UK: Mortgage Possession

Last Updated: 15 April 2013
Article by Emily Goodwin

Since the 1980’s, the trend in England and Wales towards home ownership has steadily been on the increase, with over 68% of homes in England and Wales now being owner-occupied.

Following the “credit crunch”, the Council of Mortgage Lenders predicted huge rises in borrower arrears and repossessions. In 2009, the number of properties repossessed by lenders peaked at approximately 46,000 homes. Whilst the numbers of properties repossessed by lenders has not increased since this date, due to historically low interest rates, increased lender tolerance and the introduction of Government rescue schemes, many are calling for increased legal protection for borrowers who fall into arrears. This is of particular relevance now, following the Council of Mortgage lenders prediction that a further increase in mortgagee repossessions will be seen, when interest rates start to increase.

Obtaining possession of a property - The Law

This area of law is largely governed by case law, the Law of Property Act 1925, the Administration of Justice Act 1970 (as amended) and the contractual provisions contained within a mortgage deed.

Most modern mortgages contain an express term which grants lenders an express power of sale, should a borrower default on their mortgage payments. Lenders also enjoy an implied right to sell a property under Section 101 of the Law of Property Act 1925. However this right is almost always substantially varied or excluded by the express terms of the mortgage.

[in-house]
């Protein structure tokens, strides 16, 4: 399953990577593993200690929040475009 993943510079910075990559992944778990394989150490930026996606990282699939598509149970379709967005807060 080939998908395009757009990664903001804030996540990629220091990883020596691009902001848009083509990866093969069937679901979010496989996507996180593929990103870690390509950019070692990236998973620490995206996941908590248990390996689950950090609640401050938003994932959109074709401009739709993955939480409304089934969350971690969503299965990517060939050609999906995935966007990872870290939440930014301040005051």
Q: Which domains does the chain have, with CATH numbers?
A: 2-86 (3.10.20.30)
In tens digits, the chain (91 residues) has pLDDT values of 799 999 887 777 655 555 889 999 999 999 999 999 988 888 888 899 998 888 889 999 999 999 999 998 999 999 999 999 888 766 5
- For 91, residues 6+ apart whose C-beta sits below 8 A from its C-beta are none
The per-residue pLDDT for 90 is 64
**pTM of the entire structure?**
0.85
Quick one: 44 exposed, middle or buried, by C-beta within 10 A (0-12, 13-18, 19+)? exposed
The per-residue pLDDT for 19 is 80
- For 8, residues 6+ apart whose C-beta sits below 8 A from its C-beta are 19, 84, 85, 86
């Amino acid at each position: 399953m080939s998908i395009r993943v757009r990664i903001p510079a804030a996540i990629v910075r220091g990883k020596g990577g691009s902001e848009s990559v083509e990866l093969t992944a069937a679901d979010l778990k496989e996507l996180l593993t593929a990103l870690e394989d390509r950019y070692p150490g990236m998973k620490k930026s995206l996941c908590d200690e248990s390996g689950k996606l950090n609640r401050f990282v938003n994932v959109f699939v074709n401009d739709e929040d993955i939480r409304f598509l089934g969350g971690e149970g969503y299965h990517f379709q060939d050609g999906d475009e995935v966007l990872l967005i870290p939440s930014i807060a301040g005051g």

Where the express mortgage conditions do not exclude Section 101 of the Law of Property Act 1925 then the power of sale can only be exercised when the mortgage is made by Deed, and the power has arisen (i.e. the borrower is in arrears) and one of the following has occurred:-

1 - Notice requiring payment has been served, and three months has passed and the money still owing; or

2 - Interest is two months in arrears; or,

3 - The borrower is in breach of another provision in the mortgage deed or 1925 Act.

A power of sale operates as a self-help remedy for lenders, who can exercise this right without commencing possession proceedings. It allows a lender to sell a property to a third party, receive the purchase monies and pay off the mortgage debt with the monies received. The new owner is then at liberty to bring possession proceedings against the former borrower, who is effectively becomes a trespasser in the property.

This route is not widely used by mortgage lenders, however its effectiveness was tested case of Horsham Properties Group Ltd v Clark & Beech [2008] EWHC 2327(Ch). In this case the lender sold the property at an auction through receivers, following the exercise of its right to a power of sale. The new owner then commenced proceedings to evict the former borrowers, on the basis that they were trespassers. The court found that they had no power to refuse the request and ordered possession. In this case the original mortgage was a buy to let mortgage, however the right to a power of sale also arises in a standard owner occupier mortgage.

Many were in uproar following the decision in Horsham. The Ministry of Justice therefore issued a consultation paper on 29 December 2009, in which it sought views on its proposals to amend the law to prevent lenders from utilising a power of sale over residential owner-occupied mortgaged properties, without the lender either first obtaining a Court order, or the borrowers consent. The consultation period ended in April 2010, however no further steps have been taken by the Government to date to amend the law in this area.